Some algae are better food for the animal plankton that feed on them than others. In the past decades we have seen an increase in blooms of dinoflagellates, which under some conditions produce a toxin that can accumulate in shellfish and make them a potential risk of paralytic shellfish poisoning when eaten. These dinoflagellates generally thrive in warmer water temperatures, while larger diatoms prefer a colder spring.
Generally, the phytoplankton gets eaten by animals in the zooplankton. These consist of larvae of basically every broadcast spawner out there and those that spend their whole life cycle afloat, most importantly copepods and krill.
Different zooplankton species thrive on different algae, and in the same way fish are selective and, depending on size, prefer certain larger copepods and krill.
Also, sometimes the timing between when the most phytoplankton is there to eat and when the zooplankton larvae are ready to eat it gets out of sync. This can happen if the surface water temperatures increase too soon, and the algae bloom too early for the new recruits of the copepods.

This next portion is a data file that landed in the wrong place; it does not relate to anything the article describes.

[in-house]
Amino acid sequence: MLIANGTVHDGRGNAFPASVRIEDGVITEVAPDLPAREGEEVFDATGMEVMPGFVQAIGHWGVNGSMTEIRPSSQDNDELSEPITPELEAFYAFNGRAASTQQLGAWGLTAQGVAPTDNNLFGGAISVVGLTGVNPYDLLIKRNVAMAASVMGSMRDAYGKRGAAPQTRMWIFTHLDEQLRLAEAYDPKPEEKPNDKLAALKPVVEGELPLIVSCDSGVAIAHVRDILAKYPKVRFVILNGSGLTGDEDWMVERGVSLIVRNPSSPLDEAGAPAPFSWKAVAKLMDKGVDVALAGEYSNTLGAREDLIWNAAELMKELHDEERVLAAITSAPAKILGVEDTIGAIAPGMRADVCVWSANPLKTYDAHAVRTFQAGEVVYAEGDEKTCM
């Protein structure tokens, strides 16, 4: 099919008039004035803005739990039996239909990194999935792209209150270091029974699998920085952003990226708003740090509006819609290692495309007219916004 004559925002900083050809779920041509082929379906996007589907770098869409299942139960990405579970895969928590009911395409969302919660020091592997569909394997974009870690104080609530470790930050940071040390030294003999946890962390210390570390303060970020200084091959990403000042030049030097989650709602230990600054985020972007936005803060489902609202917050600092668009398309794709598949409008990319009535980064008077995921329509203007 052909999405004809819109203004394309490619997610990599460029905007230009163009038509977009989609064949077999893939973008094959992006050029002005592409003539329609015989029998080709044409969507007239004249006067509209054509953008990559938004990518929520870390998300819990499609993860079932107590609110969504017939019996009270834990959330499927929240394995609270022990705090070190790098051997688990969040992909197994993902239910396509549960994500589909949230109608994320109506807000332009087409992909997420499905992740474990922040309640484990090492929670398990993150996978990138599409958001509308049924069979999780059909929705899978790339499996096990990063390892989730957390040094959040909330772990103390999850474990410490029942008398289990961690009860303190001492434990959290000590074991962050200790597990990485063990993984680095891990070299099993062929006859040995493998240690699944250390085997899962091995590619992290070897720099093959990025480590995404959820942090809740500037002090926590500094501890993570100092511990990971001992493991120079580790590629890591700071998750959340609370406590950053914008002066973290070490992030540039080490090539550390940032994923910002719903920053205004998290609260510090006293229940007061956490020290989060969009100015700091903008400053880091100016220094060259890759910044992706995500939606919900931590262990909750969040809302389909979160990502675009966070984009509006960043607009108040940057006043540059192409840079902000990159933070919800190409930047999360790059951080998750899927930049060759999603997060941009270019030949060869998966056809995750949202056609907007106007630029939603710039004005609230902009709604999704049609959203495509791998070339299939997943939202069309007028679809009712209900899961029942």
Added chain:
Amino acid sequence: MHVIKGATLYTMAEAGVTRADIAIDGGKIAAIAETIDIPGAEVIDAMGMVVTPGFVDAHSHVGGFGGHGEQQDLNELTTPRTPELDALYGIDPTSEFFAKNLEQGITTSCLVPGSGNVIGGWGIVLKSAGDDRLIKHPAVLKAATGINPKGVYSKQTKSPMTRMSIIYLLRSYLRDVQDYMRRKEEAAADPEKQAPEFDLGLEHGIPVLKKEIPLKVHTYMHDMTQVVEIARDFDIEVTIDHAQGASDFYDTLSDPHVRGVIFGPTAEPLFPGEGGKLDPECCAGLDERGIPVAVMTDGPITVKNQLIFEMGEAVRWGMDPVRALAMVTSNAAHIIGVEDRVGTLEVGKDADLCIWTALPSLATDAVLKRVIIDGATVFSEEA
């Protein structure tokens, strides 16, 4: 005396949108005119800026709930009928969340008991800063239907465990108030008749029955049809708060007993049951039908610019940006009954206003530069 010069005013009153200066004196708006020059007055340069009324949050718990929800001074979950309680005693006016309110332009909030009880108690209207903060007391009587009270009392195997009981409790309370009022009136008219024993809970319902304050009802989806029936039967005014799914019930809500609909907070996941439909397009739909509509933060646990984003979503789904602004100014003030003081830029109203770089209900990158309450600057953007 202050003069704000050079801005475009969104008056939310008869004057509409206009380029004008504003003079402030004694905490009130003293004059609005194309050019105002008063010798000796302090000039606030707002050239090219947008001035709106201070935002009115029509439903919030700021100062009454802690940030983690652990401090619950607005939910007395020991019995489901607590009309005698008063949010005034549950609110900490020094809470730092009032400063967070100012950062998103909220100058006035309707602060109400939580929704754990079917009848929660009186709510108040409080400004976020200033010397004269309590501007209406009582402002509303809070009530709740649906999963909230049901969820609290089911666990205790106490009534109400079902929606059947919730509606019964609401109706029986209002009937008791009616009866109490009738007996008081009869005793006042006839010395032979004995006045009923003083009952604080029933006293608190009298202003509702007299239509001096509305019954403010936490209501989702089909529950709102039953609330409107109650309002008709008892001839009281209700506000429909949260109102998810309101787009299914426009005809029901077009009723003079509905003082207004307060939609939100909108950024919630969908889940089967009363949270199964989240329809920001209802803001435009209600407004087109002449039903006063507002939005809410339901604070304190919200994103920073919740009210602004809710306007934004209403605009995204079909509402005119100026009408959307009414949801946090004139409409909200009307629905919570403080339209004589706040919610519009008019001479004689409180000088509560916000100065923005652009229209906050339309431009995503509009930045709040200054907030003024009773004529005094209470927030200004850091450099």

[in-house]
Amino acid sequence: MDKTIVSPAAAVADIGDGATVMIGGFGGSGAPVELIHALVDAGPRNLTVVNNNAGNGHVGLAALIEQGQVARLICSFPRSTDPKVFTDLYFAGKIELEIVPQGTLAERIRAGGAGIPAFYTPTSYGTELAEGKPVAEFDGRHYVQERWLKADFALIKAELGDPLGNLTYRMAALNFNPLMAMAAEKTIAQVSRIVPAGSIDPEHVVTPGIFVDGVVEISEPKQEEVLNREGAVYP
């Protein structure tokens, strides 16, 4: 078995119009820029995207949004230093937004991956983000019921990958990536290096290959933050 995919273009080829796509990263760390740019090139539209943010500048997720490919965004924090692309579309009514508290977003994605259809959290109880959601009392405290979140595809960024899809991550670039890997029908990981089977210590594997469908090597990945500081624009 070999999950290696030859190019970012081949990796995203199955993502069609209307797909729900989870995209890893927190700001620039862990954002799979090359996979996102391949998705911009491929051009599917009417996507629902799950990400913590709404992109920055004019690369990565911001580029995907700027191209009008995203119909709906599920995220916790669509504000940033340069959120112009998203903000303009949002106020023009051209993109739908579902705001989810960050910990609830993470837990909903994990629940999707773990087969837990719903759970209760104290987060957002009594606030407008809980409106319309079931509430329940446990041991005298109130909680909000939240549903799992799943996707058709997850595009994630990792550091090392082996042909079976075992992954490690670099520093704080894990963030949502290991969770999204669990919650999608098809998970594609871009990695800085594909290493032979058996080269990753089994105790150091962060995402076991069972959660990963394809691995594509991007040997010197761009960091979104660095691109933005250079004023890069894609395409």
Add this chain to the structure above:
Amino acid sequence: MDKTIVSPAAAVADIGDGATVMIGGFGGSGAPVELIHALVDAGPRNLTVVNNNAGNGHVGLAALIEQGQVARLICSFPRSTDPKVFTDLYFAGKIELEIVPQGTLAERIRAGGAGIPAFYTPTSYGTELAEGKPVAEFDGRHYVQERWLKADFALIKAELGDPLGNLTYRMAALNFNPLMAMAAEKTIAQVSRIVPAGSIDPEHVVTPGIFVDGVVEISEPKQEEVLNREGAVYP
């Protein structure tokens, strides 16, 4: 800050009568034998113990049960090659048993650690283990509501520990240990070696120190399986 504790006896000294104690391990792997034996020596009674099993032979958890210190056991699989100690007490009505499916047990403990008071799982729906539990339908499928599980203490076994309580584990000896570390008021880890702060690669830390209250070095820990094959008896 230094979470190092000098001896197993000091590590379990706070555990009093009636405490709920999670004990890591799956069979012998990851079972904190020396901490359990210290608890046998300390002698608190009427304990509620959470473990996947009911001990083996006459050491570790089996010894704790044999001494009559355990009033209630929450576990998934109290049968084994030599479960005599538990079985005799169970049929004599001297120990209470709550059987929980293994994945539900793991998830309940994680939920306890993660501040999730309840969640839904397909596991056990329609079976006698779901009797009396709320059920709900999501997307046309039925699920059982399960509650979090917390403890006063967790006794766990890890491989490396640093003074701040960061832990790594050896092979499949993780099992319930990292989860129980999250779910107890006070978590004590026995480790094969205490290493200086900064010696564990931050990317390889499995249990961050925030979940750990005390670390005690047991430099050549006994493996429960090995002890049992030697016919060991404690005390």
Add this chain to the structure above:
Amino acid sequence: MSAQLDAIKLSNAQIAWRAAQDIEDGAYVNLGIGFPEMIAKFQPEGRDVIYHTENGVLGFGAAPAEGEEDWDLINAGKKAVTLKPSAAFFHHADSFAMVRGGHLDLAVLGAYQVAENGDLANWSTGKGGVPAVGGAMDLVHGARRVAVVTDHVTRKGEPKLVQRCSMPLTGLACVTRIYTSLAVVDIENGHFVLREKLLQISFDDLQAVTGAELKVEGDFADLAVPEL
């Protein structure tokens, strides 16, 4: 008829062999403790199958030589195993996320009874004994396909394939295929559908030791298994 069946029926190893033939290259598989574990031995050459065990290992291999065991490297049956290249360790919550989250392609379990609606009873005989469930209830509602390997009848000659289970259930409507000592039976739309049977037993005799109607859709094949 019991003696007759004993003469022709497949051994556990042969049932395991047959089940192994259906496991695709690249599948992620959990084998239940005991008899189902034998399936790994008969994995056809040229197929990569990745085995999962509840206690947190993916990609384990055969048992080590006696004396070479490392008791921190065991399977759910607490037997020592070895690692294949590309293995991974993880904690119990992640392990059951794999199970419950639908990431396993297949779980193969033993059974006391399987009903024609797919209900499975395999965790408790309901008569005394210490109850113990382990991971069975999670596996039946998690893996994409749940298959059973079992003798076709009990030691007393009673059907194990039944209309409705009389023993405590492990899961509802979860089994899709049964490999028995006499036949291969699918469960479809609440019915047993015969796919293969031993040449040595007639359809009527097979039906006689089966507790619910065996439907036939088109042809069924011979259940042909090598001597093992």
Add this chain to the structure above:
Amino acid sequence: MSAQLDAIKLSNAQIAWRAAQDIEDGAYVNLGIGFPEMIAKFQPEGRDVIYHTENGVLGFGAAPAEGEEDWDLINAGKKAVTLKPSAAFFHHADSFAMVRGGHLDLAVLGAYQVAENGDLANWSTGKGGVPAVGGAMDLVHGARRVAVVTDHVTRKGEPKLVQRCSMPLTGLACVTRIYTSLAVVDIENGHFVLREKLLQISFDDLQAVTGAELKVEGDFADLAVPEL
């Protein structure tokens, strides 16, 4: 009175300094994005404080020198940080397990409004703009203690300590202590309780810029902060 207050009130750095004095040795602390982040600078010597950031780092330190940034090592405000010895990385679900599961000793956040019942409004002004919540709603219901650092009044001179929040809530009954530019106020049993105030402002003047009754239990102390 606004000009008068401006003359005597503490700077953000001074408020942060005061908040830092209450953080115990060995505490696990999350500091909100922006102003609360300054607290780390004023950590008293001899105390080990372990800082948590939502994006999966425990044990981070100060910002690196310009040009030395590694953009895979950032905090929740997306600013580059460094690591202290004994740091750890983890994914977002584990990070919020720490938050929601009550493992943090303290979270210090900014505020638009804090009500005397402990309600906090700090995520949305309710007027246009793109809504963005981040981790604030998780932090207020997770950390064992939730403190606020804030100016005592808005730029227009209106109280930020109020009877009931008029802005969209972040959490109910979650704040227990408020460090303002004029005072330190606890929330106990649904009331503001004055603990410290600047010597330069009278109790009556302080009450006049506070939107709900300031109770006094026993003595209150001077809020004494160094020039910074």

Assume you have a family that eats dinner together; a prerequisite is that everyone knows the exact time when dinner is served. Otherwise, those family members who are early will wait around and get into trouble, those who are on time will eat everything and those who are late will be starving.
In the ocean, these mechanisms determine the composition of the zooplankton. The zooplankton is the food base for a number of different fishes like herring, sandlance, juvenile cod, juvenile salmon and some birds. As we all know, these fish are important for seals, sea lions, more birds, bigger fish, whales and fishermen.
Fisheries managers have the complicated tasks of taking an annual inventory of the different components in these ecosystems and then predicting which of the many players will fare favorably in a given year.
If they predict that a certain species will not do so well, they are supposed to adjust the predator-prey relationships in such a way that things even out.
However, as described above, the budget of the ecosystem is driven by ocean currents and temperatures, which are not in a manager’s power to control.
All management can do is to allow more or less fishing on the stocks that are competing over the resources. You could imagine someone at the dinner table allocating the food to each of the children, except nobody set a time for dinner, nobody knows how much food there is and nobody knows how many children will show up.